Kyle Sandilands says he’s right to call monkeypox a “big gay disease”

Radio host Kyle Sandilands says he did nothing wrong by describing monkeypox as a “big gay disease”, arguing that science is on his side.

The Sydney based radio KIIS FM host was criticised when he made comments about the virus last Tuesday when he described monkeypox as a “big gay disease that only gays get”.

The segment saw Sandilands ask newsreader Brooklyn Ross if he, as a gay man, was going to vaccinated against the virus that has steadily been spreading around the world. Ross said he didn’t feel he needed to because he was in a relationship, to which Sandilands suggested that the newsreader was “rolling the dice”.

The radio host then had the newsreader’s partner call in to the station to join the conversation and also brought in the show’s medical expert, known as Dr KIIS

‘Is it true that if you eat bananas, your chance of getting monkeypox skyrockets?’ Sandilands asked, before bursting into laughter. He then suggested that doctors should put up signs turning away people with symptoms of monkeypox.

“You don’t have to have every Tom, Dick, and bloody dirty monkeypox victim coming in there, do ya?” Sandilands said during the exchange, before saying he would not allow any gay people near his newborn son out of fear they may have the virus.

His comments have been described being unhelpful to medical professionals who are trying to control the spread of the virus.

“Comments such as this are not just hurtful, they are also deeply unhelpful,” a spokesperson for the federation told The Sydney Morning Herald.

“Right now, thousands of gay and bisexual men are doing the right thing by monitoring for monkeypox symptoms, to look after their health and that of their partners.

“Over the next few months, we will be asking these men to come forward to be vaccinated.” the spokesperson said highlighting that causing fear and stigmas around the disease would not be productive.

Sandlilands comments were defended by the station’s management who said regualr listeners would be aware of his style of communication.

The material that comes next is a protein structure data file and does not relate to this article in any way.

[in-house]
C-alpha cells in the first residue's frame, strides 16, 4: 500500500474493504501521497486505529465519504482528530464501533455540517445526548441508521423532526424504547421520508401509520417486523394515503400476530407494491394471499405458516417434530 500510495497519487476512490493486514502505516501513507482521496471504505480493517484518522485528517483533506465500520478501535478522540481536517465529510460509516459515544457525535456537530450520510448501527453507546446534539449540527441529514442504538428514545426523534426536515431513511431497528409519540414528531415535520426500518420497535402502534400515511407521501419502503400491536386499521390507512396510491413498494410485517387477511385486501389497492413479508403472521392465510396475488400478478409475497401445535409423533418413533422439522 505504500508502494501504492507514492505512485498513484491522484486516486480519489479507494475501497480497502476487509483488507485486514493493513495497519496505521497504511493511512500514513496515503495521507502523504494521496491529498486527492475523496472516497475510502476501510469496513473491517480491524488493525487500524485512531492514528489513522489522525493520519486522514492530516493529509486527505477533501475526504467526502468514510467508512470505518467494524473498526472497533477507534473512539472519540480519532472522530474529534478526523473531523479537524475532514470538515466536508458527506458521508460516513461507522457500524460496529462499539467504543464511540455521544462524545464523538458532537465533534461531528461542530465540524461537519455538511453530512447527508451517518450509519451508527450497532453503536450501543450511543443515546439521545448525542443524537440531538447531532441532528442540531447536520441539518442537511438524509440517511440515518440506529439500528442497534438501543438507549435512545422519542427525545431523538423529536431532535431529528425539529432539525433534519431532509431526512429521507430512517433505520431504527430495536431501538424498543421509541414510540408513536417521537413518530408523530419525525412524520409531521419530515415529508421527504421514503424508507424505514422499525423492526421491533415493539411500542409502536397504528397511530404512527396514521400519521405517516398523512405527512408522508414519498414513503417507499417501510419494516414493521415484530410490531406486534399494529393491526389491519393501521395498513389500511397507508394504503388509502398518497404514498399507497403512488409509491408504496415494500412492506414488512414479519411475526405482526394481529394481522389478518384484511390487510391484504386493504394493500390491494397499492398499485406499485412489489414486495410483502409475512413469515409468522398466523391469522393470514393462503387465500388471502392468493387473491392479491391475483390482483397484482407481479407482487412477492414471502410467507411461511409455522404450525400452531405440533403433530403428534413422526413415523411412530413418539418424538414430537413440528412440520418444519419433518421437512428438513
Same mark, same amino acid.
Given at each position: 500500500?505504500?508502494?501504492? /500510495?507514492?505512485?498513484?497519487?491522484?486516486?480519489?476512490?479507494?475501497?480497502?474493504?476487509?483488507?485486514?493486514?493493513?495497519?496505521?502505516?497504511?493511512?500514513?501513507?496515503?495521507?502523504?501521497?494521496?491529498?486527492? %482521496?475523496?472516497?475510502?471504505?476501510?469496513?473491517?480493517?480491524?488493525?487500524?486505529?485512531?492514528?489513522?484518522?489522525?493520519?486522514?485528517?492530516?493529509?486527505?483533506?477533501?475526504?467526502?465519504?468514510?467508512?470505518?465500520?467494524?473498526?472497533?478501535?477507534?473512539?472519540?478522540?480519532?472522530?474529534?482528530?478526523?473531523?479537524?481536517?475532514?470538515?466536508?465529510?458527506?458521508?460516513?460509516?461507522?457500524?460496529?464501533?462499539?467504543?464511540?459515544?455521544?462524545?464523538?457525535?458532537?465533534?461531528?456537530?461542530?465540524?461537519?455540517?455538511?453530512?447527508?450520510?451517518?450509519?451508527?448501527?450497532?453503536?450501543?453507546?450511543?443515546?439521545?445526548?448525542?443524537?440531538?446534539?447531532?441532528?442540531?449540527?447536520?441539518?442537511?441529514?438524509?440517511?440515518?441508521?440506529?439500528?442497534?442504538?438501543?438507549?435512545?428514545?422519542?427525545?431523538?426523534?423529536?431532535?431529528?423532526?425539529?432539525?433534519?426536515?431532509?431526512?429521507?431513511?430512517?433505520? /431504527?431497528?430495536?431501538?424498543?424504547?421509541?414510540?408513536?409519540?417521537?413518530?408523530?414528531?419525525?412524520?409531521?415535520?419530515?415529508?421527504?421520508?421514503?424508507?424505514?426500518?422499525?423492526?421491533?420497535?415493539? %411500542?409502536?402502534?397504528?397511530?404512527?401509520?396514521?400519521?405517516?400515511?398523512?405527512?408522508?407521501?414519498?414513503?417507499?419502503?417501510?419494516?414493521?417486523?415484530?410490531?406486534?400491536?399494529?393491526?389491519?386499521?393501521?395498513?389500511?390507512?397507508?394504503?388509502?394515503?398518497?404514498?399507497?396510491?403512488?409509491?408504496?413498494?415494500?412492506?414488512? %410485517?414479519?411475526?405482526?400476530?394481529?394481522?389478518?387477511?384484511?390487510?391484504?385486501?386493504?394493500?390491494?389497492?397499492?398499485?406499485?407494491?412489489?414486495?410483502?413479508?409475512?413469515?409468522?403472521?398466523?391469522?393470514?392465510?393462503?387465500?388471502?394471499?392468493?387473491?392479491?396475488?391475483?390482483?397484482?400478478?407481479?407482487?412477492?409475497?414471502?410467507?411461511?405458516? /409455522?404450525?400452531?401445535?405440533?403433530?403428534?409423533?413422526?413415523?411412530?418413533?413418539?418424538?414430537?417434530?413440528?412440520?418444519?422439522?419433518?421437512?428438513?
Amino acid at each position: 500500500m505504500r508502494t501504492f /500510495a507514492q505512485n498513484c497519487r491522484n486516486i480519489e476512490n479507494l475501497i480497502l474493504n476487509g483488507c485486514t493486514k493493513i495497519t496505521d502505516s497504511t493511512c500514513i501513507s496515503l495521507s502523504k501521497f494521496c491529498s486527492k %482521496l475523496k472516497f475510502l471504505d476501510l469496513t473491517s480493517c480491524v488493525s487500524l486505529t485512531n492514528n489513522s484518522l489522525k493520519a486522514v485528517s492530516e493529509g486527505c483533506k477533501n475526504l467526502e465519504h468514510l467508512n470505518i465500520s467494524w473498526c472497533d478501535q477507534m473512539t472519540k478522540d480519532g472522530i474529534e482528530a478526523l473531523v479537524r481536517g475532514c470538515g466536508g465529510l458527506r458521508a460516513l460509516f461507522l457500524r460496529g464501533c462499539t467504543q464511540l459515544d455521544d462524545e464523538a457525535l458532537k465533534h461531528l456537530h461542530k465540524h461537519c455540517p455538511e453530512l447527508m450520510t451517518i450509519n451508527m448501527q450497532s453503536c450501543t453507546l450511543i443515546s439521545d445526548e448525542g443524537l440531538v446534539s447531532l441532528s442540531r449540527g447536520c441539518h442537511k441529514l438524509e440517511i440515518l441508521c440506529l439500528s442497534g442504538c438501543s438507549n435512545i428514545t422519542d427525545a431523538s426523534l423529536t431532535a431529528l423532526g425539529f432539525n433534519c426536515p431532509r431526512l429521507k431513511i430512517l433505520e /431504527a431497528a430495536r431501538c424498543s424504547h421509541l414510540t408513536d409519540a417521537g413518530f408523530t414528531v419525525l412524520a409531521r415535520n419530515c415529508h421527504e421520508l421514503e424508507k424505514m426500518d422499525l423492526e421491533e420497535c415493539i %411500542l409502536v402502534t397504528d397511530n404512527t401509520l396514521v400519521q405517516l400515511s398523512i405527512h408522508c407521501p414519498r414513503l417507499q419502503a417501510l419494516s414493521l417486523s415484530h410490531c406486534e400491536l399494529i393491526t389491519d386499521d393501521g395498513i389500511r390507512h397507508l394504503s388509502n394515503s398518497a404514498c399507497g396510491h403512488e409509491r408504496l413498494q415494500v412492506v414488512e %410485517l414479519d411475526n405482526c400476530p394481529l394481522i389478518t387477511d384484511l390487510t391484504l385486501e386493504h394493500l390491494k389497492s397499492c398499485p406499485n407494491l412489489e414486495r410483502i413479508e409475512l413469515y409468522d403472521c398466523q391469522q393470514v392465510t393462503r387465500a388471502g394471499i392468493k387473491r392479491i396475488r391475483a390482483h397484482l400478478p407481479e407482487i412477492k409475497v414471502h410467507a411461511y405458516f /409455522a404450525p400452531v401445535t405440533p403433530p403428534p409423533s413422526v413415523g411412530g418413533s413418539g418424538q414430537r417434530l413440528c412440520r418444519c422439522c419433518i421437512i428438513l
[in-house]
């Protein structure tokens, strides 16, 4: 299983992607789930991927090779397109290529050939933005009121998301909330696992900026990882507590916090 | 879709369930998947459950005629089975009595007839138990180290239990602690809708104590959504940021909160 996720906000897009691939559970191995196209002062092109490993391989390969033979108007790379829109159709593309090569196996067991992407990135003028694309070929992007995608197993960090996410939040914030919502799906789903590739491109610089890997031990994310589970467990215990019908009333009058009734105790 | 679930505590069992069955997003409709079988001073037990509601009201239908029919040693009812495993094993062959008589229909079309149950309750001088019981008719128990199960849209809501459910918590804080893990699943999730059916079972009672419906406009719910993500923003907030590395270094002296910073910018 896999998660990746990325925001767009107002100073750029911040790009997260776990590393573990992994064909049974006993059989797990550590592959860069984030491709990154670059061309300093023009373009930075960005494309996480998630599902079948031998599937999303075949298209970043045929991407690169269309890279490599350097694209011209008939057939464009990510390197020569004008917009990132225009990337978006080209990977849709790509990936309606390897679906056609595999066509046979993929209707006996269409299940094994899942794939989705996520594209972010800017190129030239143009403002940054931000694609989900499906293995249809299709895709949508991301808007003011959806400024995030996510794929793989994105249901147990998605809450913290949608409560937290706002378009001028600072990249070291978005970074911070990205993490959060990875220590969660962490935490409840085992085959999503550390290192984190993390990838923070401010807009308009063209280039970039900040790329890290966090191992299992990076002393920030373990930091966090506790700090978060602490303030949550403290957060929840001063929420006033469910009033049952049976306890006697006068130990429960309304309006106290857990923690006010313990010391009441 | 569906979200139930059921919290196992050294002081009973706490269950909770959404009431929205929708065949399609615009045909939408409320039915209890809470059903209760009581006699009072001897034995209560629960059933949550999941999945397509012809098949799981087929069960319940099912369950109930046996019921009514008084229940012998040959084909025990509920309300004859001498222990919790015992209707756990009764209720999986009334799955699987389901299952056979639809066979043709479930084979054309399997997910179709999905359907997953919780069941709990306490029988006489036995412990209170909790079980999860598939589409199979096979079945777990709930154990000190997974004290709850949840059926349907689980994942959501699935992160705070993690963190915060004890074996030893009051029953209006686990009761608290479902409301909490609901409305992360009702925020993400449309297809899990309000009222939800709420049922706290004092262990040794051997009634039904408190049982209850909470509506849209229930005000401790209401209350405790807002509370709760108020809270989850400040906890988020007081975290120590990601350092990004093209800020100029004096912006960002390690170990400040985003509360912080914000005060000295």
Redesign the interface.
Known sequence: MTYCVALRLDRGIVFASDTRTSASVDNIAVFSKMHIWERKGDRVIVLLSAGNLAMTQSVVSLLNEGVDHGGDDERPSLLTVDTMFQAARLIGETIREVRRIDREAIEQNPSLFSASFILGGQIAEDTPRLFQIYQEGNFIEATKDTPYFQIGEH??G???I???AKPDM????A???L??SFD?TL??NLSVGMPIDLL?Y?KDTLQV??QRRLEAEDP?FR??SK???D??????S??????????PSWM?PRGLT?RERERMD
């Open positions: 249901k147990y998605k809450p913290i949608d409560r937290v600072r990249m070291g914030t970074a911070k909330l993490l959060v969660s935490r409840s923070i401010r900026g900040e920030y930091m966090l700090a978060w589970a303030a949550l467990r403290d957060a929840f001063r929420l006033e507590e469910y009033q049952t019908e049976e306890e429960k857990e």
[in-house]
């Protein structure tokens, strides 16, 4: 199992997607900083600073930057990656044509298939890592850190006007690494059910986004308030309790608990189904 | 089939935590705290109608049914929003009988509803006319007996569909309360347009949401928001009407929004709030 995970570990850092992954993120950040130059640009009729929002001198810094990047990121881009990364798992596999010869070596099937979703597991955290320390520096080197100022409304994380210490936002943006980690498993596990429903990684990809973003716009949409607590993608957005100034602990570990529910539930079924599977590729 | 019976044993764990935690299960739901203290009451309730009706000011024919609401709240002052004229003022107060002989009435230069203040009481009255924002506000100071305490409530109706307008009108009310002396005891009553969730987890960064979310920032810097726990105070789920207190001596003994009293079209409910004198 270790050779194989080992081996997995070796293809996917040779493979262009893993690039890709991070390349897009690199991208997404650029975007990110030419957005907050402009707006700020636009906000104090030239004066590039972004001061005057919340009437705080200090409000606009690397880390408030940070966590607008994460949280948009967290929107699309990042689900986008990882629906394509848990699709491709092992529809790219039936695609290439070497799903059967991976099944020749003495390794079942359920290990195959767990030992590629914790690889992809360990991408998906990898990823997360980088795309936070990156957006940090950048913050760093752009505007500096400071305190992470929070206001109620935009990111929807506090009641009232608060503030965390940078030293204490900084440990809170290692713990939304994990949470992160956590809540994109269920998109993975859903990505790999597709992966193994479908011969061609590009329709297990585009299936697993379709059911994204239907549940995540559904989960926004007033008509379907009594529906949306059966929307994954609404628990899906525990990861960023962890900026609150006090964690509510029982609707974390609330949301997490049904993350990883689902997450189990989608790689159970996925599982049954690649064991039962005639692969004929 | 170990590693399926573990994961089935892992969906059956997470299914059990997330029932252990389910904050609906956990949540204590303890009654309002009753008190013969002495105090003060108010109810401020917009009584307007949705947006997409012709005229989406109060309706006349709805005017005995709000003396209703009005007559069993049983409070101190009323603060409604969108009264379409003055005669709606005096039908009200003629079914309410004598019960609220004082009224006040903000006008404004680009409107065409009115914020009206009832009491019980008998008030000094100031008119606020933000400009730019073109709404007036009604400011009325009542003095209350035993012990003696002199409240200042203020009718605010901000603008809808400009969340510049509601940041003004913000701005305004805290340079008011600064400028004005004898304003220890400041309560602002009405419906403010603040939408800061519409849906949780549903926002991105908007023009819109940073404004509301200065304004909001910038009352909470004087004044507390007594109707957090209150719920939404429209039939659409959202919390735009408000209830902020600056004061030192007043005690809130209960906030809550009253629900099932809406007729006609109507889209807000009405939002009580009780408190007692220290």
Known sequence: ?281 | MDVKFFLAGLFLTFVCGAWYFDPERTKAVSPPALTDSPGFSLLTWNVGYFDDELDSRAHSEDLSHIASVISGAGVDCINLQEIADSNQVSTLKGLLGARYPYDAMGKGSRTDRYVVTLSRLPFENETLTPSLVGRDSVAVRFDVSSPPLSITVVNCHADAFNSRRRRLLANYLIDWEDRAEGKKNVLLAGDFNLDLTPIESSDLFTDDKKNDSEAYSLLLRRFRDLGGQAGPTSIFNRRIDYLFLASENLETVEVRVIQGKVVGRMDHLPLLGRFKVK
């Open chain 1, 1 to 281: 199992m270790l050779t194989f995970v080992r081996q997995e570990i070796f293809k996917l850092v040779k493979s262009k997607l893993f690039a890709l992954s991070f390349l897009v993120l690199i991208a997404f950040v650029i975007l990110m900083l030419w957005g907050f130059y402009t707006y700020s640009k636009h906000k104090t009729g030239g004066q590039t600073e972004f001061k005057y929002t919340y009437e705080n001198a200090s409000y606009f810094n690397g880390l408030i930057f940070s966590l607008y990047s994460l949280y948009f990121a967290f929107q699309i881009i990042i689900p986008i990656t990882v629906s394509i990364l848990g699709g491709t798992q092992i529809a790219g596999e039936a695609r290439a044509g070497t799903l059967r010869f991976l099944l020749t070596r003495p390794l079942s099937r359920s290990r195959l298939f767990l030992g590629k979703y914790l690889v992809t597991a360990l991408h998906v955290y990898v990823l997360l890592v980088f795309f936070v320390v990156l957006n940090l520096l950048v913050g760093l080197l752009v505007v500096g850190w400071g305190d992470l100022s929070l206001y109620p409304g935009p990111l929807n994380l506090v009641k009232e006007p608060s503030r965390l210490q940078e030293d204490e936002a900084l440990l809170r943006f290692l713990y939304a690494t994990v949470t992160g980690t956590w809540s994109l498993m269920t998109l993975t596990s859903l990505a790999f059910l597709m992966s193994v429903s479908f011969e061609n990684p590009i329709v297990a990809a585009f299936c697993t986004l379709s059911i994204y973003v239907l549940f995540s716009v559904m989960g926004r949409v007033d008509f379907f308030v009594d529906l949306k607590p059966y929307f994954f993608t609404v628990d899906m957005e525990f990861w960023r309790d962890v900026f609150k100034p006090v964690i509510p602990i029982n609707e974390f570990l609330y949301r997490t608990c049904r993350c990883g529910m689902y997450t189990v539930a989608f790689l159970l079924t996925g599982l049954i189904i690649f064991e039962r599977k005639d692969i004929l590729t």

“Kyle is renowned for his colourful vernacular,” an ARN spokesperson said.

“We appreciate that those unaccustomed to his expressions may consider the content opinionated, and the range of topics discussed on the show are not to everyone’s taste.”

After criticism of the comments continued throughout the week, today Sandilands returned to the topic, saying there was nothing wrong with his comments, as the science had shown that the current outbreak was predominantly among gay men. Sandilands denied his comments had been homophobic.

Newsreader Brooklyn Ross said the segment from last week had been a public service message, noting the health officials had previously commented that there had not been enough information reaching the gay community.

“The health community has said recently that not enough media was reporting on monkeypox being the gay virus. They were all a bit worried [to say it],” he said.

Sandilands added: “They [the media] are all so woke, they don’t want to offend anyone. But, hey, heads up, gays: watch out for this disease.”

Monkeypox is a rare viral infection that is endemic in Central or West Africa, but since May this year there has been a global increase in cases reported from non-endemic countries.

The World Health Organisation’s latest data reports that there are now over 47,000 cases globally, which includes 106 in Australia. The Western Australian Health department has confirmed there have been five cases locally. All the cases in WA have been among travelers returning from overseas.

Monkeypox is most often spread through close skin-to-skin contact with someone who has the infection, for example during sex. It can also be spread in other ways, such as through prolonged face-to-face contact via respiratory droplets.

Symptoms usually start within 3 weeks of exposure to the virus. Sores, rash, bumps or pimples, which can be very painful, are commonly reported on the genitals, anus or inside rectum, inside the mouth, face, palms of the hands and soles of the feet, but can appear on any part of the body.

The sores are flat and then become raised. Then they fill with fluid and eventually scab and fall off over a period of 2–3 weeks. General viral symptoms may be experienced initially such as fevers, chills, muscle aches, backache, swollen lymph nodes, exhaustion and headache.

More information on how to gain treatment for the virus is available at the Healthy WA website. A vaccine is available for people who may be at risk of getting the virus, but supplies are very limited.

OIP Staff


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